The last example came during brinkmanship over raising the debt ceiling limit in the summer of 2011. Because Vice President Joe Biden had earned the trust of Senate GOP leader Mitch McConnell during his own long years in the Senate, the vice president was able to reach out and craft a last-minute deal that averted fiscal catastrophe.
Such instances are scarce these days. President Obama, who didn't have a one-on-one meeting with McConnell until 18 months into his term, has generally shied away from seeking personal connections with his political enemies in hopes of winning them over.
Historically, that's unusual. It's become a cliche that President Ronald Reagan and House Speaker Thomas P. "Tip" O'Neill used to hoist a few beers after long days of argument back in the early 1980s. The reality is a little more complicated. But there's no question they forged a bond of the sort that Obama has not found with House Speaker John Boehner.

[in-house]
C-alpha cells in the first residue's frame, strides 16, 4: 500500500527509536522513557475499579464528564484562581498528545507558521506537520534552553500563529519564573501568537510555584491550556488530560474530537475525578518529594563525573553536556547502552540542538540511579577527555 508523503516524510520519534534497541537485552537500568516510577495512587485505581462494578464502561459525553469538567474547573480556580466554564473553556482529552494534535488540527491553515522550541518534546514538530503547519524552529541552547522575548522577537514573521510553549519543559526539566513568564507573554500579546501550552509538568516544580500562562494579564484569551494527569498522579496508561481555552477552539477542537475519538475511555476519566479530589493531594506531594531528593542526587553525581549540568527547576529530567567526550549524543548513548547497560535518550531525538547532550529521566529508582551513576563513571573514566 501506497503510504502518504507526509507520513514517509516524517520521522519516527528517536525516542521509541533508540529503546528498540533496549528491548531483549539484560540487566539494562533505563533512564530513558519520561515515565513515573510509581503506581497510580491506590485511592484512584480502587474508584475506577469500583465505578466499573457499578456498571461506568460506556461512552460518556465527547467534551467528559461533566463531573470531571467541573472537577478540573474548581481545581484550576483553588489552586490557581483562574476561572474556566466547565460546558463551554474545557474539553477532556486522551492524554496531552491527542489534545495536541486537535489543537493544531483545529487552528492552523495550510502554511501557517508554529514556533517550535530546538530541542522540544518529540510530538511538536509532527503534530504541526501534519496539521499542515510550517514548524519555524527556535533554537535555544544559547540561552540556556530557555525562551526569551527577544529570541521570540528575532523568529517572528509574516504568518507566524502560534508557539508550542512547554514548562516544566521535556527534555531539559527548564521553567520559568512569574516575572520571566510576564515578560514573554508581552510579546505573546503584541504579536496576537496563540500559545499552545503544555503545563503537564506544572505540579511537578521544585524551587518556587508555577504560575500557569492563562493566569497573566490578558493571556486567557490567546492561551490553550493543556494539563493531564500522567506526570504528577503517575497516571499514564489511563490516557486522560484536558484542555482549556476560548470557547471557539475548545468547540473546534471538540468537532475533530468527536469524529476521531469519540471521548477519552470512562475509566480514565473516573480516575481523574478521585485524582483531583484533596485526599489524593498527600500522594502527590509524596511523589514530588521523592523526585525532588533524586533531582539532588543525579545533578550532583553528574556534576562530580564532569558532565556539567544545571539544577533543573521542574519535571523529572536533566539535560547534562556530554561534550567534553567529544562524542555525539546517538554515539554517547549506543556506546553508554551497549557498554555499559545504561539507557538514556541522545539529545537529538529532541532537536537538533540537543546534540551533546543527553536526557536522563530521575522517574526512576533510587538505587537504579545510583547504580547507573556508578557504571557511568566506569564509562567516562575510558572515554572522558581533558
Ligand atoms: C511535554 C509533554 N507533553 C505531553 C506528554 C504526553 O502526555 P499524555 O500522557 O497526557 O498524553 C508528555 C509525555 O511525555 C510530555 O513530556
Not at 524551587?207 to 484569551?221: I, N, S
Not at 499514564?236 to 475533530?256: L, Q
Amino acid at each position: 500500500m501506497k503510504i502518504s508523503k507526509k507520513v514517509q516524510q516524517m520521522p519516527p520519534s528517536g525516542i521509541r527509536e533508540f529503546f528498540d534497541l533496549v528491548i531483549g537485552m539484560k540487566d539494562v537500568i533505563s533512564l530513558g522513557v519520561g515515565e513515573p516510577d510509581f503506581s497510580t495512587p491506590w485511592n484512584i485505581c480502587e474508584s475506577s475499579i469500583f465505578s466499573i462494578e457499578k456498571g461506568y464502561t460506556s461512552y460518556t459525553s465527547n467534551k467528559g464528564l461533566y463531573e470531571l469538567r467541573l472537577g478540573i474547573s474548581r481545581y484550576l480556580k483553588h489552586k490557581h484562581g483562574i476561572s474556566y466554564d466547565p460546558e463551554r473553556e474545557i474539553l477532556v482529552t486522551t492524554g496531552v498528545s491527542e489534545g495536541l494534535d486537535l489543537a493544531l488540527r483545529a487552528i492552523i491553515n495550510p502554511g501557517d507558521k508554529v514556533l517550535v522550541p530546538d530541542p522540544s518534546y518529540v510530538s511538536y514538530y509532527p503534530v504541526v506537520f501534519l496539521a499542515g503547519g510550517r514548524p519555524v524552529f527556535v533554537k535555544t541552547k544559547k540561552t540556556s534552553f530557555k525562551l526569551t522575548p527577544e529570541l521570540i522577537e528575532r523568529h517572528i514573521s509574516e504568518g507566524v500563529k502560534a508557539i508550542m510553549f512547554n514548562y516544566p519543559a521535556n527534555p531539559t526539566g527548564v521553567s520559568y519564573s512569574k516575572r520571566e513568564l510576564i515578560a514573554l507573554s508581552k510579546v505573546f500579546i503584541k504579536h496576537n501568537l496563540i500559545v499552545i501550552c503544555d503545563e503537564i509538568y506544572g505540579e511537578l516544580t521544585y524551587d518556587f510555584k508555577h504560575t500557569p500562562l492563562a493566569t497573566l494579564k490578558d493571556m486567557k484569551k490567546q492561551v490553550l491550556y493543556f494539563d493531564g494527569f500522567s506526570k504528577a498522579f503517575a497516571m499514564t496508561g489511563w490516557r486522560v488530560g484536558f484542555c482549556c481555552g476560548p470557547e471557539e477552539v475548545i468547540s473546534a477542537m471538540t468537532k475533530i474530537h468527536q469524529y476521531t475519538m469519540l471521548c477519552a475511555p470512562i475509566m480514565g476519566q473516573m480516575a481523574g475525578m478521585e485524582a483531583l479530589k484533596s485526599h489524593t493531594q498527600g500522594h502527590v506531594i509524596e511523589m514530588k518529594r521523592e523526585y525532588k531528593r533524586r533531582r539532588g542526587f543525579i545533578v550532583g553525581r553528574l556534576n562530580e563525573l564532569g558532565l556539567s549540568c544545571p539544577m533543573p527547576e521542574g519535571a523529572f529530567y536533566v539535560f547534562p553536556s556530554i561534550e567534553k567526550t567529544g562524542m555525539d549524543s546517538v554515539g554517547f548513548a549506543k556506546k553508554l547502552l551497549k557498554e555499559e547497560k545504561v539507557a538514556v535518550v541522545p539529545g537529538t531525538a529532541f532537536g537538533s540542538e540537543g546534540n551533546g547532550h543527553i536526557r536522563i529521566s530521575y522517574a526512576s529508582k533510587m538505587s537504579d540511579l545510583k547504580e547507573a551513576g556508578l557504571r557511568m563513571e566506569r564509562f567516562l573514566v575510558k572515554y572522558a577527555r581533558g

Back in the 1950s, Ritchie says, Republican President Dwight Eisenhower met with congressional leaders much more often than the public knew. "He didn't advertise it because he was meeting with Democrats, [Sam] Rayburn and LBJ," Ritchie says. "Eisenhower was much closer to the Democratic leadership than the Republicans."
And congressional Republicans bailed out Democratic Presidents John Kennedy and Lyndon B. Johnson on their priority civil rights legislation at key junctures in 1963 and 1964.
When Attorney General Robert Kennedy, the president's brother, initially presented civil rights legislation to the House Judiciary Committee in 1963, he insulted Republican members by noting he hadn't read or taken seriously their own bills on the matter. That left them in no mood to support the president's plan.
But the chastened Kennedys let the committee's top Republican, William McCulloch of Ohio, rewrite the bill to satisfy GOP concerns. "The deep moral conviction of this fiscal conservative swayed fence-sitting Republicans as no liberal argument could have," Congressional Quarterly reported.
Johnson made passage of civil rights his top priority after the assassination of President Kennedy, but he still needed Republican votes to break a filibuster in the Senate. He found an ally in Dirksen, the Senate GOP leader. "Dirksen will go through his public acting process, take a licking and then be with us," said a House aide.